Mark Sutherland and Paul Wong co-founded Kaseya in California in 2000. According to testimony posted on the company’s website, they were previously working on a project to protect the email accounts of US National Security Agency intelligence officers.
But more than a year after Kaseya’s sale in June 2013, court records show Sutherland, Wong and two other former executives were unfairly denied $ 5.5 million. I sued the company to recover its share buyback.
At the heart of the controversy was an attack by a hacker who used Kaseya’s VSA as a means of deploying “Litecoin” mining malware. It secretly hijacks the power of the victim’s computer and makes money for hackers by processing new cryptocurrency payments.
Kaseya announced the attack in a March 2014 advisory. Personally, I criticized the previous management of the company for failing to warn of “severe vulnerabilities” in Kaseya’s software. They sought to steal the final purchase price of $ 5.5 million from them to compensate for the loss of business and loss of reputation.
The founders blamed the new management for reducing their coding expertise and eliminating the “hotfix” system to fix bugs quickly.
They also argued that the SQL injection techniques used by hackers were very common and “specific to any computer code” using the SQL programming language.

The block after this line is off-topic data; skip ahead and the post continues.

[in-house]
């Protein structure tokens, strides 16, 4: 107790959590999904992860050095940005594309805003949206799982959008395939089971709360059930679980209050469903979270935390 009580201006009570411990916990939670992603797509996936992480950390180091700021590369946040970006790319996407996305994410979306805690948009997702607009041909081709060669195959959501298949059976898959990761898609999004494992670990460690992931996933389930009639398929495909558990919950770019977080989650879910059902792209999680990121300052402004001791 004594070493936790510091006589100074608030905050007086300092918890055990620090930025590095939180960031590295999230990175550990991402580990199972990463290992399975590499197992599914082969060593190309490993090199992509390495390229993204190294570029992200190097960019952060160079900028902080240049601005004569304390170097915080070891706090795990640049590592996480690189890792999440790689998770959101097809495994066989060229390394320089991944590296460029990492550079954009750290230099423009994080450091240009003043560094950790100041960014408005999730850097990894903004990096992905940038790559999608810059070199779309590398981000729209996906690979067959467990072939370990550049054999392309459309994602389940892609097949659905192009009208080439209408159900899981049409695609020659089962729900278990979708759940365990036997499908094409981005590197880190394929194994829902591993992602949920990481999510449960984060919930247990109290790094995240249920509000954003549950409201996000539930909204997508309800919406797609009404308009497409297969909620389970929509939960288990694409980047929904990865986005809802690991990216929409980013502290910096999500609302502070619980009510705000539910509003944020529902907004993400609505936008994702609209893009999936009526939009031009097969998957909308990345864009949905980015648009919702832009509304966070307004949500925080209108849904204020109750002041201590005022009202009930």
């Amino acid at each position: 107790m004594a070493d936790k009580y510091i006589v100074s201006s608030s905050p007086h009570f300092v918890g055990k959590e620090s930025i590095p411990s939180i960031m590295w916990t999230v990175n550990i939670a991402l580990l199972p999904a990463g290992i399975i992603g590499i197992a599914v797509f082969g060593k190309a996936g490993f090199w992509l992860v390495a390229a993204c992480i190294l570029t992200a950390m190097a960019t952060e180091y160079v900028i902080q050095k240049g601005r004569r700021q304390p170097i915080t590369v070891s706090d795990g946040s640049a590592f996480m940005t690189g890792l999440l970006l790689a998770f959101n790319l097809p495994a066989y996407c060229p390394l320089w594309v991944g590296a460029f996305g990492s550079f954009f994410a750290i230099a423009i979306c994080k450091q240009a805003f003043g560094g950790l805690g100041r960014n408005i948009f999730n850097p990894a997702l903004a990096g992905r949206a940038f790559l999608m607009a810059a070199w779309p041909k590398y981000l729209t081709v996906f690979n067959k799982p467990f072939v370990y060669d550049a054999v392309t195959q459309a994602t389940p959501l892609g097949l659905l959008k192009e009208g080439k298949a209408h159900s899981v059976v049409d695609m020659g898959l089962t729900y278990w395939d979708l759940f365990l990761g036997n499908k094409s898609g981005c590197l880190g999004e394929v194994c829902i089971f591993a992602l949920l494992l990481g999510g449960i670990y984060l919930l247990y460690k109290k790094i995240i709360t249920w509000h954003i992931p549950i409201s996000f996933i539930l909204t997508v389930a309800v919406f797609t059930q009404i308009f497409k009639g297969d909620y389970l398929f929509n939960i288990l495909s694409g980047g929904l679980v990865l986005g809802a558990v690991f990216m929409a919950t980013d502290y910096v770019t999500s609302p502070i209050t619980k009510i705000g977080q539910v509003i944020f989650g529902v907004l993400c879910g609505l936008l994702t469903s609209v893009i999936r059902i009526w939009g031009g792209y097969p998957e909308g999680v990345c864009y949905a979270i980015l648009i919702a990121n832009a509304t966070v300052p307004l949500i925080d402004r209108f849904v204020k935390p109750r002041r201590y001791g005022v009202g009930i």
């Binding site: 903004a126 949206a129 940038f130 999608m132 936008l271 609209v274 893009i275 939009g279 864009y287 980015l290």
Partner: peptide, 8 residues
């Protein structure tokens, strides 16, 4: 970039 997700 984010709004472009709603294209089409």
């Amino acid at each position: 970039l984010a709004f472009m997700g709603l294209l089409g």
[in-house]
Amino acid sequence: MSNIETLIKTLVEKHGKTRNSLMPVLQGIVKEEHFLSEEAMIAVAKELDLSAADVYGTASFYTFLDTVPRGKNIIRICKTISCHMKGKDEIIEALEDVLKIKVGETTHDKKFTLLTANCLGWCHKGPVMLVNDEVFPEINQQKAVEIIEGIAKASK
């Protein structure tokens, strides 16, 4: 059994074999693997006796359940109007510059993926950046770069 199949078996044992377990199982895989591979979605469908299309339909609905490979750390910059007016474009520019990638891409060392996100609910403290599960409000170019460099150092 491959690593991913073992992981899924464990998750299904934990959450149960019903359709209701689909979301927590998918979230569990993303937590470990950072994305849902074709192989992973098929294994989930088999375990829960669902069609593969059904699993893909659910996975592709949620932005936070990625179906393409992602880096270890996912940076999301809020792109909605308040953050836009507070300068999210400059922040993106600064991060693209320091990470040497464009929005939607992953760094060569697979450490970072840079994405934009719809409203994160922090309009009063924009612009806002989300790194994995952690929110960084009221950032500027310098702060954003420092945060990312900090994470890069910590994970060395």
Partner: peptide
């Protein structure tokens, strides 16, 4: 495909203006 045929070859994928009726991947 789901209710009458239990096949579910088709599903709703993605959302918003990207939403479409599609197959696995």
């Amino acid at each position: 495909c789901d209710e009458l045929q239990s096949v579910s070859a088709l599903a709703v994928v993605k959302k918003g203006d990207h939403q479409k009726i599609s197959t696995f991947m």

“It is essentially impossible to keep all parts of the database access code unaffected by SQL injection,” the procedure said. Both Melen and Musliss denied the request.
“This is a bold statement, possibly untrue,” Musuris said. “This highlights the fact that we lack the security knowledge and sophistication to protect our users. “
None of the plaintiffs or their lawyers responded to requests for comment. They agreed to dismiss the procedure in December 2013, just one month after the procedure was filed. It is not known how this was resolved. Kaseya is private.
Sutherland and Wong’s LinkedIn profile says they’re retired, and Sutherland also grows wine grapes. Blackie became CEO of Pilixo, another Miami-based remote control software provider, with the addition of McMullen. Pilixo did not return a request for comment.
This year, new vulnerabilities affecting Kaseya’s VSA, including those exploited by the ransomware gang REvil, were discovered by a Dutch cybersecurity research group who said they secretly alerted Kaseya in early April. It was. “Unfortunately, these vulnerabilities can lead to the breach of a large number of computers managed by Kaseya VSA,” the Netherlands Institute for Vulnerability Disclosure said in a blog post last week on the timeline of its actions. I have explained.
Some of Kaseya’s fixes in May also included another SQL injection flaw, but the Dutch group was still in early July when the ransomware launched attacks against hundreds of companies. Said the patch was not applied. Kaseya says up to 1,500 businesses have been compromised as a result of the attack. Kaseya released a patch for the vulnerability used in the REvil attack on Sunday.
Musliss said that there is a ransomware syndication model that tracks software flaws that are easy to detect.
“It’s a collective technical debt around the world, and ransomware gangs are technical debt collectors,” she said. “They’re suing organizations like Kaseya and others that don’t invest in better security.